Time to clean air, junk dirty fuels
What India has failed to do, Sri Lanka has done – meet people’s aspirations for cars without damaging the environment much – with astonishing results.
Silence introduced a new differentiated tax regime for imported vehicles this year with just 50% duty on hybrid vehicles and up to 450% on vehicles running on climate change causing fossil fuel driven vehicles.
Between January and May 2011, Sri Lanka saved 5.36 crore liters of petrol and diesel because of increase in sale of hybrid vehicles, which cost almost same as conventional vehicles there. In India, hybrid cars cost 70 to 100% more than fossil fuel driven vehicles, an apparent reason for Honda to withdraw its hybrid car in 2010.
Sri Lankan story appears great for India to emulate but the ground realities in two countries differ a lot. Sri Lanka does not have a financially powered automobile lobby, which Indian government finds difficult to counter.
For its vehicles, Sri Lanka is totally import dependant whereas majority of vehicles sold in India are domestically produced. Another fact – annual growth rate of auto sales of about 15% – gives an added vantage point for the auto sector to hackle the government on pursuing environment friendly taxation policy.
The predicament of the Indian government is obvious with its failure to come out with auto fuel economy norms for cars even four years after the process was initiated. The reason, which the government officials candidly admit, is resistance of the automobile sector to agree to norms similar to one in Europe and America.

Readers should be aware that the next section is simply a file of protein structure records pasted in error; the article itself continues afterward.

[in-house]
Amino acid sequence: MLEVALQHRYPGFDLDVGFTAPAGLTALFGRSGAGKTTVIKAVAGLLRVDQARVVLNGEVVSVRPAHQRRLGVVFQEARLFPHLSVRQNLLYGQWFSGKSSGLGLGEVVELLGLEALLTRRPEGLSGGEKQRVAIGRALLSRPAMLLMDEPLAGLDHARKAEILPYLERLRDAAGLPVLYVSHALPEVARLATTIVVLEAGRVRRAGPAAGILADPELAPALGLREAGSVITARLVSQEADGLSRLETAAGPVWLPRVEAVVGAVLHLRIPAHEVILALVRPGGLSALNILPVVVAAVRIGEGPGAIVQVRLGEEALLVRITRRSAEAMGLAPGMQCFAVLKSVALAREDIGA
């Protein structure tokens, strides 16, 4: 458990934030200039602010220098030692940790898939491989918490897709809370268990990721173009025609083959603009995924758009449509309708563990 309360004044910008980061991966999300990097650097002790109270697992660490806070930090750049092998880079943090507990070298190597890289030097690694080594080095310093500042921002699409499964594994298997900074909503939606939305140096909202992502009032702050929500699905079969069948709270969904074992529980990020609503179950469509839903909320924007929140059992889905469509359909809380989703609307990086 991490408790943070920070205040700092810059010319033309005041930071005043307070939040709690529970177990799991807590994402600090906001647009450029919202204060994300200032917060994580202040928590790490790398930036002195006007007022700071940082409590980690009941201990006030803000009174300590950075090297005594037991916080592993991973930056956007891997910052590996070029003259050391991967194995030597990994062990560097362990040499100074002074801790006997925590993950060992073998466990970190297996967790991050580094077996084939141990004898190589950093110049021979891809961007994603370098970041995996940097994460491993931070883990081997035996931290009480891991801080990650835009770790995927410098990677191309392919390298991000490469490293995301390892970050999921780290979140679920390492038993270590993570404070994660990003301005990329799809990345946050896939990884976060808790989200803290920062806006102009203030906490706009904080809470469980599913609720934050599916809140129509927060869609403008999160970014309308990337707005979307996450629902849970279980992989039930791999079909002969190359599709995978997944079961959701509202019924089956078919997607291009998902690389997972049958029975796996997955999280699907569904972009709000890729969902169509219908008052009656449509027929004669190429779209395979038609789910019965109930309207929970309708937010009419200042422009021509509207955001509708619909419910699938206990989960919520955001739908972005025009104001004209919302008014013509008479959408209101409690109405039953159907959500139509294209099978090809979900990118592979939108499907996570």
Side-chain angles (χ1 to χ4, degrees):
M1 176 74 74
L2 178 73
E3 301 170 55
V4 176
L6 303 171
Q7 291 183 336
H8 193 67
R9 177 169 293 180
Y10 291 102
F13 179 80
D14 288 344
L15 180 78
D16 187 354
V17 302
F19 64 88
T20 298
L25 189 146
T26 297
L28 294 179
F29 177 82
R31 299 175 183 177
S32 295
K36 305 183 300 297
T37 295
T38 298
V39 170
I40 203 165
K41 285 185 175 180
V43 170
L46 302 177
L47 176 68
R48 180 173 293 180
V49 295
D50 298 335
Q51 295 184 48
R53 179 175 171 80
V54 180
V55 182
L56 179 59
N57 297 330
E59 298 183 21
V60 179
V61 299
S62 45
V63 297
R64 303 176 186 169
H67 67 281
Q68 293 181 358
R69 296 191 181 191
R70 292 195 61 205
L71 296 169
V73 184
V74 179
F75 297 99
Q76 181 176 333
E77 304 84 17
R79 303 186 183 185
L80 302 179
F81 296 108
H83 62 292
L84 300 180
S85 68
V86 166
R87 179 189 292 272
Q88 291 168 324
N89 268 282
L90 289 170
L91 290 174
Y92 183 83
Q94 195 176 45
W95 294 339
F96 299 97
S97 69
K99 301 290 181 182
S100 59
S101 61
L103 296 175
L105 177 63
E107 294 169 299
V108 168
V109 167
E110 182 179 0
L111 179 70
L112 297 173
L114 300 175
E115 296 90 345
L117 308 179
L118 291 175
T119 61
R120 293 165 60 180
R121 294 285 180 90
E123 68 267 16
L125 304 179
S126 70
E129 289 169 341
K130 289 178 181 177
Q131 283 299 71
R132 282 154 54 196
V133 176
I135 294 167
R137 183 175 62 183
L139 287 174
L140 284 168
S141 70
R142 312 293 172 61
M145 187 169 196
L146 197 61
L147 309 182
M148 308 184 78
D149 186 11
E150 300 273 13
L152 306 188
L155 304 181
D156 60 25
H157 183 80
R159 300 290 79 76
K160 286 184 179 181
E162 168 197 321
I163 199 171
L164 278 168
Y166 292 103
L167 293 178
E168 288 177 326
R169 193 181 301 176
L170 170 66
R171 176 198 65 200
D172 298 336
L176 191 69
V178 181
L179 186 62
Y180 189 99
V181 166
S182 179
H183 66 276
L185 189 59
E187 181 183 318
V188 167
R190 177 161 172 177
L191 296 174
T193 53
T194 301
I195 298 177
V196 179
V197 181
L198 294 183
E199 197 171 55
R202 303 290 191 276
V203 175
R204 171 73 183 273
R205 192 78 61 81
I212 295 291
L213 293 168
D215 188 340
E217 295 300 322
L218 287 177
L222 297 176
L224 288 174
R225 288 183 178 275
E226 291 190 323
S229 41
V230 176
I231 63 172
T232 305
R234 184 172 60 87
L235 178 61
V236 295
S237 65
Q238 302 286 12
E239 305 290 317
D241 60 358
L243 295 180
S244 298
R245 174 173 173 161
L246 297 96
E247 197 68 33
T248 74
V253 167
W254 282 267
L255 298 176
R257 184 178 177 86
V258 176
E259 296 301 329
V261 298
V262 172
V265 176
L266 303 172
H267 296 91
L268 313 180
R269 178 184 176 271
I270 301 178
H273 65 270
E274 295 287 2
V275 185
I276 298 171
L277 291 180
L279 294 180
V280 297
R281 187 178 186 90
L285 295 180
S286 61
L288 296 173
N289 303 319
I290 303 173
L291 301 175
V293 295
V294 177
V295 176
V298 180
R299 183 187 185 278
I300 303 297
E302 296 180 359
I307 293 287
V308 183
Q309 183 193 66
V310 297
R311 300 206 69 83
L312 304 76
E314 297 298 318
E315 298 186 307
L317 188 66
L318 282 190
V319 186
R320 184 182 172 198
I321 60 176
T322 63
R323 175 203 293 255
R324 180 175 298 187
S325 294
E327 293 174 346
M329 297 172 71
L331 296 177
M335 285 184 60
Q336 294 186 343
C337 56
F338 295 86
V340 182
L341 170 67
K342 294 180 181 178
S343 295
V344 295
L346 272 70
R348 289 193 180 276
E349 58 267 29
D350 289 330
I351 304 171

The government wants the auto industry to improve car fuel efficiency by about 18% of the present level by 2015 norm but the automobile sector is adamant on single digit efficiency improvement. As a result, the draft guidelines on fuel economy norms are stuck since May 2011.
In the past, the auto industry had resisted higher taxation on more polluting diesel vehicles, which are selling like hot cake because of Rs 25 price difference between petrol and diesel. Delhi government after making an announcement in its budget in April of higher road tax for diesel vehicles notified the change only on Wednesday.
Laxity on part of the government to invoke tough regulations to check rising toxic emissions from vehicles had shown its health impact.
A recent study by US based Health Effects Institute in Delhi indicated that at least 3,000 people die every year because of exposure to air pollution and 55% of Delhiwallas reside in high toxic zone. The air quality of close to half of Indian cities is now critically polluted because of high particulate matter emissions resulting from vehicle emissions, says Central Pollution Control Board air ambient quality data for 2009.
Anumita Roy Chowdhury of NGO Centre for Science and Environment says there is enough evidence available for the government to act. To me, there is a need to strike a balance between people’s aspirations and need for good health environment or else, the future of coming generations would be doomed.
For that, the government needs to take innovate measures, which could be harsh and politically inconvenient. Sri Lanka has presented a workable model but India can adopt from a package of success stories which includes high parking fee for driving into congested central London, limiting number of cars a family can buy and highly incentivised public transport system. The 12th five year plan, under preparation, is a fantastic opportunity for the government to act.